This is assignment that I submitted while ago and I failed the…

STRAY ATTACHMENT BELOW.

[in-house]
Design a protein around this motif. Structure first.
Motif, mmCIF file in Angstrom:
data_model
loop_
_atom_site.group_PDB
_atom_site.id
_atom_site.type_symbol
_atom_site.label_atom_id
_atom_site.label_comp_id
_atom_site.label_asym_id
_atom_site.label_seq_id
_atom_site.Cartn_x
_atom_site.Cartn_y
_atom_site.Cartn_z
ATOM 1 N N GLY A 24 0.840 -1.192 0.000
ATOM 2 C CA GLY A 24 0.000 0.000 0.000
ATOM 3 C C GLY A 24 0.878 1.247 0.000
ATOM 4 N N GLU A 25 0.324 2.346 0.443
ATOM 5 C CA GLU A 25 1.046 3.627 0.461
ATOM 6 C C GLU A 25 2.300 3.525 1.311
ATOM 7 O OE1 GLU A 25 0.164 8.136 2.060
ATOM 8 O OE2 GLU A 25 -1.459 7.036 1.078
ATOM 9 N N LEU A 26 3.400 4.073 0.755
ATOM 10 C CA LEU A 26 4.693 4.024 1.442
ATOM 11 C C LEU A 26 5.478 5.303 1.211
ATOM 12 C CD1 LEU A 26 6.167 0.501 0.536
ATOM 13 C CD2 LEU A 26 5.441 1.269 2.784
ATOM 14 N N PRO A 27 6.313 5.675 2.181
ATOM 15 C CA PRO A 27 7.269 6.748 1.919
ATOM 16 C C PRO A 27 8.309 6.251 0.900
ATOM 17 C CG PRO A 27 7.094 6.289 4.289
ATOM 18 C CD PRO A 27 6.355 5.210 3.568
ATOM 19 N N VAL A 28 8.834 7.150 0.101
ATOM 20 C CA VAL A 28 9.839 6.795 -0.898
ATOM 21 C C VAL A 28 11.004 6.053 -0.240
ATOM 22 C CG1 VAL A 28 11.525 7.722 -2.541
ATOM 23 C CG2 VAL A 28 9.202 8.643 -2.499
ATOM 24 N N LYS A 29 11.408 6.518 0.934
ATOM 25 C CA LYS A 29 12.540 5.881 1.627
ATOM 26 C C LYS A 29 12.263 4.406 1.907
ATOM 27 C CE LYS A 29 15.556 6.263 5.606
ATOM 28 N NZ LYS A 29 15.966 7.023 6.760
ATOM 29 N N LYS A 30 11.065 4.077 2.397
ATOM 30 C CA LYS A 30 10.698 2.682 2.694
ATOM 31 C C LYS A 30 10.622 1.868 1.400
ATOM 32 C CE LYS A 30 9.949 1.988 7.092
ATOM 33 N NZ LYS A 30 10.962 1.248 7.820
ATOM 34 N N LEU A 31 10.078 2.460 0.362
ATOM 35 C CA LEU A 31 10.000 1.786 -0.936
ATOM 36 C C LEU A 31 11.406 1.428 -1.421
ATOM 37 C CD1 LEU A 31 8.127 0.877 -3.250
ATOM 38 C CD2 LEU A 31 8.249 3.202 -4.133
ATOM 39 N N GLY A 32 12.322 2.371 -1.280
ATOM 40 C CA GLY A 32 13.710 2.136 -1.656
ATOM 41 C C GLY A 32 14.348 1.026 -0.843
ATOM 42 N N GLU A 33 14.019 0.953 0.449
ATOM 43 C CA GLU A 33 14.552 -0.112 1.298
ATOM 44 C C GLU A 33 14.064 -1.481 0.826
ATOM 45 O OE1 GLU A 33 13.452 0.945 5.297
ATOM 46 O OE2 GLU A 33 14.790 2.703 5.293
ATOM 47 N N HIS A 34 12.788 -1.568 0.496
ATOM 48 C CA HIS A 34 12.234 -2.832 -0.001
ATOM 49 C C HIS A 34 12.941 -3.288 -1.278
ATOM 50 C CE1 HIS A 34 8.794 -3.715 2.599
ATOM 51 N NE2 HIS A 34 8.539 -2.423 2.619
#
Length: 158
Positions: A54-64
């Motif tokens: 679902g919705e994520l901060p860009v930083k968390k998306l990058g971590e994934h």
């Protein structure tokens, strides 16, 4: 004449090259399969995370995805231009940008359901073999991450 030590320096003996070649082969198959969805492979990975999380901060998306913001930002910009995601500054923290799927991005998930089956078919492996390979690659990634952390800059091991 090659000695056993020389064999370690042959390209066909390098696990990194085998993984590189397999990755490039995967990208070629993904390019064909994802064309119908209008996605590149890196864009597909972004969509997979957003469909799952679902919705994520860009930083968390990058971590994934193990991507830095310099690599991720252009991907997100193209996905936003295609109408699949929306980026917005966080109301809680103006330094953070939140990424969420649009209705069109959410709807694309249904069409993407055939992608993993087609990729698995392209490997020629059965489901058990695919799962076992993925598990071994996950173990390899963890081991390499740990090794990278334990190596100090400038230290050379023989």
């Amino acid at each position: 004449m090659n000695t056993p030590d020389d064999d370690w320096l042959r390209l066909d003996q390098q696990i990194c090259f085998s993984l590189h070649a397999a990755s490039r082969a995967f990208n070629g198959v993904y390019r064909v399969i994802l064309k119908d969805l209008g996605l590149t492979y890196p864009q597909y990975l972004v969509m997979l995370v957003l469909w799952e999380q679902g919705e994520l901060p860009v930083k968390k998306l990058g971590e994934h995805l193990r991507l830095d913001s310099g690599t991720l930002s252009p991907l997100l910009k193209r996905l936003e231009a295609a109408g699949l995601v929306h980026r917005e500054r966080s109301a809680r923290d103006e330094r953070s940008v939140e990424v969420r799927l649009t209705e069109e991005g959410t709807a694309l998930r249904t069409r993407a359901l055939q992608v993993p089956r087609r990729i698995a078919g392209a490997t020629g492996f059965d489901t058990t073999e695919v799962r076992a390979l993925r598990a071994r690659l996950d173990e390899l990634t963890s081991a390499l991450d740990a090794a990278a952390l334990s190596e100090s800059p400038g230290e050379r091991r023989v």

Question Answered step-by-step This is assignment that I submitted while ago and I failed the… This is assignment that I submitted while ago and I failed the most. Can you assist me and help me understand where was I wrong and how do you do for your care plan especially goals & outcome for the patient, Assessment Data and intervention/rational? The most difficult part of my assignment and I am still struggling was the outcome evaluation & replanning. Can you help please? Here are the instructor’s comment/feedback for this assignment: Assignment Feedback from instructor:There should be 6 interventions if you have 2 goals, you should have 6 to rationalize your interventionsWhat are the 2 goals for this PT and when will they be achieved?This would be a good goal if it had a time framed. This does not appear to be an outcome.These are all nursing diagnosis and don’t belong here. The question wants 3-5 subjective/objective data on the pt that leads to your nursing diagnosis of nausea.Unneeded information for this question.GI bleed is a medical diagnosis and lack of fluids is not a nursing diagnosis.  Patient Medical Diagnosis: GI bleed Nursing Diagnosis: Nausea/EmesisAssessment Data (Include at least three-five subjective and/or objective pieces of data that lead to the nursing diagnosis)Goals & Outcome (Two statements are required for each nursing diagnosis.   Must be Patient and/or family focused; measurable; time-specific; and reasonable.) Nursing Interventions (List at least three nursing or collaborative interventions with rationale for each goal & outcome.)Rationale (Provide reason why intervention is indicated/therapeutic; provide references.)Outcome Evaluation & Replanning(Was goal met?  How would you revise the plan of care according the patient’s response to current plan ?)1. Imbalanced Nutrition: Less Than Body Requirements related to GI bleeding as evidenced by Inadequate dietary intake (NPO status) and malabsorption of irons, minerals, and vitamins 2. Risk for Deficient Fluid Volume as evidenced by GI bleeding 3. Risk for injury related to changes in cognitive function as evidenced by patient unable to identify place during orientationpatient confused on location of bathroom 4. Activity Intolerance related toImbalance between oxygen supply and demandas evidence byGeneralized weaknessDeconditioned stateSedentary lifestyle 5. Deficient KnowledgeMay be related to:(1) Lack of recall of previously learned informationNew condition, treatmentRecurrent episodes of GI bleedingas evidenced by inaccurate follow-through with treatment regimen and lifestyle modifications Patient Medical Diagnosis: Acute Gastrointestinal BleedingNausea/Emesis Patient is resting in bed with her TV on, she is requesting to watch a movie. Denies any pain currently. Tuesday, the patient respirations are even and unlabored. Will continue to monitor. Subjective Data:WeaknessDizzinessAbdominal pain Objective Data:Patient is on NPO statusPt unable to identify place during orientationPt confused on location of bathroom Statements Client will be normovolemic as evidenced by systolic BP greater than or equal to 90 mm Hg (or client’s baseline), absence of orthostasis, HR 60 to 100 beats/minute, urine output greater than 30 ml/hr., and normal skin turgor. Nursing Diagnosis:Risk for Deficient Fluid Volume as related to GI bleeding as evidenced by weakness, dizziness, and dry oral mucosa. 1. Monitor and document vital signs, especially BP and HR. Assess for the signs of hematemesis or melena.Rationale (R) The client with a bleeding ulcer may vomit bright red blood or coffee grounds emesis. Melena occurs when there is bleeding in the upper GI tract. A decrease in circulating blood volume can cause hypotension and tachycardia. Alteration in HR is a compensatory mechanism to maintain cardiac output. Usually, the pulse is weak and irregular if electrolyte imbalance also occurs. Hypotension is evident in hypovolemia. 2. Assess alteration in mentation/sensorium (confusion, agitation, slowed responses).R: Alteration in mentation/sensorium may be caused by abnormally high or low glucose, electrolyte abnormalities, acidosis, decreased cerebral perfusion, or developing hypoxia. Impaired consciousness can predispose a patient to aspiration regardless of the cause. 3. Assess color and amount of urine. Report urine output less than 30 ml/hr. for two (2) consecutive hours.R: Normal urine output is considered normal, not less than 30ml/hour. Concentrated urine denotes fluid deficit.Emphasize the importance of oral hygiene.A fluid deficit can cause a dry, sticky mouth. Attention to mouth care promotes interest in drinking and reduces the discomfort of dry mucous membranes. 4. Provide a comfortable environment by covering the patient with light sheets.R: Drop situations where patients can experience overheating to prevent further fluid loss. 5. Plan daily activities.1. Administer parenteral fluids as prescribed. R: Consider the need for an IV fluid challenge with an immediate infusion of fluids for patients with abnormal vital signs.Fluids are necessary to maintain hydration status. Determination of the type and amount of fluid to be replaced and infusion rates will vary depending on clinical status. 2. Administer blood products as prescribed.R. Blood transfusions may be required to correct fluid loss from active gastrointestinal bleeding. 3. Maintain IV flow rate. Stop or delay the infusion if signs of fluid overload transpire, refer to physician respectively.Most susceptible to fluid overload are elderly patients and require immediate attention. 4. Assist the physician with inserting the central venous line and arterial line, as indicated.R: central venous line allows fluids to be infused centrally and for monitoring of CVP and fluid status. An arterial line allows for the continuous monitoring of BP. 5. Provide measures to prevent excessive electrolyte loss (e.g., resting the GI tract, administering antipyretics as ordered by the physician).R: Fluid losses from diarrhea should be concomitantly treated with antidiarrheal medications, as prescribed. Antipyretics can decrease fever and fluid losses from diaphoresis. Outcome #1 After 8 hours of nursing shift patients’ vital signs is normal with BP of 115/80 mmHg, with adequate urine output, moist oral mucosa and with good skin turgor.  Outcome #2The patient will maintain an elastic skin turgor and moist mucous membranes    List patient mediations, indications, and nursing considerations for this patientMedication, Dose, RouteIndications for MedicationNursing Consideration for Patient/ Side EffectsPantoprazole (Protonix) 40 mg vial (Q12h)Short-Term Treatment of Erosive Esophagitis Associated with Gastroesophageal Reflux Disease (GERD) …1.2 Maintenance of Healing of Erosive Esophagitis. …1.3 Pathological Hypersecretory Conditions Including Zollinger-Ellison Syndrome. Pantoprazole is in a class of medications called proton-pump inhibitors. It works by decreasing the amount of acid made in the stomach.Spironolactone (Aldactone) 25 mg TAB dailySpironolactone is in a class of medications called aldosterone receptor antagonists.It causes the kidneys to eliminate unneeded water and sodium from the body into the urine but reduces the loss of potassium from the body.Multivitamins (TAB-A-VITE) TAB 1 dailyMultivitamins are used to provide vitamins that are not taken in through the diet. Multivitamins are also used to treat vitamin deficiencies caused by GI bleedingConstipation, diarrhea, or upset stomach may occur. These effects are usually temporary and may disappear as your body adjusts to this medication. Lactulose 10gm/15ml Oral susp (Q8h)Lactulose belongs to a class of drugs called laxatives. In order to have a smooth bowel movement especially in elderly. A class of drugs is a group of medications that work in a similar way. These drugs are often used to treat similar conditions. Lactulose is a synthetic (man-made) sugar.Side effects of lactulose include:dehydrationdiarrheaexcessive bowel activityhigh blood sodium levelslow blood sodium levelsnauseavomitingabdominal crampingabdominal distentionburping (belching)gas (flatulence)NF-Sodium Bicarbonate Tablet 325MGIs under drug class alkalinizing agents. Sodium bicarbonate reduces stomach acid. It is used as an antacid to treat heartburn, indigestion, and upset stomach. Sodium bicarbonate is a very quick-acting antacid. It should be used only for temporary relief.Side effects:Frequent urge to urinateheadache (continuing)loss of appetite (continuing)mood or mental changesmuscle pain or twitchingnausea or vomitingnervousness or restlessnessslow breathingswelling of feet or lower legsunpleasant tasteunusual tiredness or weaknessXifaxan (Rifaximin)TAB 550MGIs class of medications called antibiotics. Rifaximin treats traveler’s diarrhea and irritable bowel syndrome by stopping the growth of the bacteria that cause diarrhea. Rifaximin treats hepatic encephalopathy by stopping the growth of bacteria that produce toxins and that may worsen liver disease.Side effects of Xifaxan include:nausea,vomiting,constipation,bloating,gas,stomach pain,feeling like you need to urgently empty your bowel,feeling your bowel is not completely emptyFurosemide (Lasix) 20MG TAB Daily.Furosemide is in a class of medications called diuretics (‘water pills’). It works by causing the kidneys to get rid of unneeded water and salt from the body into the urine.Side effects of Lasix include: increased urination,thirst,muscle cramps,itching or rash,weakness,dizziness,spinning sensation,diarrhea,   List Patient abnormal lab values, normal ranges, and why they are altered.Abnormal Lab ValueNormal RangeCause of Abnormal Lab ValueBlood tests include a complete blood cell (CBC) countNot normal rangeA complete blood count (CBC) is a blood test used to evaluate your overall health and detect a wide range of disorders, including anemia and infection caused by GI bleeding. A complete blood count test measures several components and features of your blood, including: Red blood cells, which carry oxygen.Serum electrolyte levels (e.g., sequential multiple analysis 7 [SMA7])AbnormalAn electrolyte test can help determine whether there’s an electrolyte imbalance in the body. Electrolytes are salts and minerals, such as sodium, potassium, chloride, and bicarbonate, which are found in the blood. They can conduct electrical impulses in the body.Coagulation profile:Abnormalincluding activated partial thromboplastin time (aPTT), prothrombin time (PT), manual platelet count, and bleeding time.A coagulation profile may be performed to confirm normal clotting function before a procedure which may cause bleeding, or in conditions associated with bleedingBlood Urea Nitrogen (BUN)BUN 22 mg/dL A blood urea nitrogen (BUN) test measures the amount of nitrogen in your blood that comes from the waste product urea. Urea is made when protein is broken down in your body. Urea is made in the liver and passed out of your body in the urine. A BUN test is done to see how kidneys are working and damaged caused by chronic dehydration.          List all Patients Nursing Diagnosis in priority Order and explain why.Nursing DiagnosisExplanationLack of fluidRisk for Deficient Fluid Volume as related to GI bleeding as evidenced by weakness, dizziness, and dry oral mucosa. GI Bleedingis characterized by the sudden onset of bleeding from the GI tract at a site (or sites) proximal to the ligament of Treitz. Most upper GI bleeds are a direct result of peptic ulcer erosion, stress related- mucosal disease, that may evidence as superficial erosive gastric lesion to frank ulcerations, erosive gastritis (secondary to use or abuse of NSAIDs, oral corticosteroids, or alcohol) or esophageal varices (secondary to hepatic failure). In addition to these, Mallory-Weiss tears can cause gastroesophageal bleeding as a result of severe retching and vomiting, but the bleeding tends to be less severe than in other types. ReferenceAckley, B. J., Ladwig, G. B., Msn, R. N., Makic, M. B. F., Martinez-Kratz, M., & Zanotti, M. (2019). Nursing Diagnosis Handbook E-Book: An Evidence-Based Guide to Planning Care. Mosby.Docherty, B., & McIntyre, L. (2002). Nursing considerations for fluid management in hypovolaemia. Professional nurse (London, England), 17(9), 545-549.  Health Science Science Nursing NURSING 6531 Share QuestionEmailCopy link Comments (0)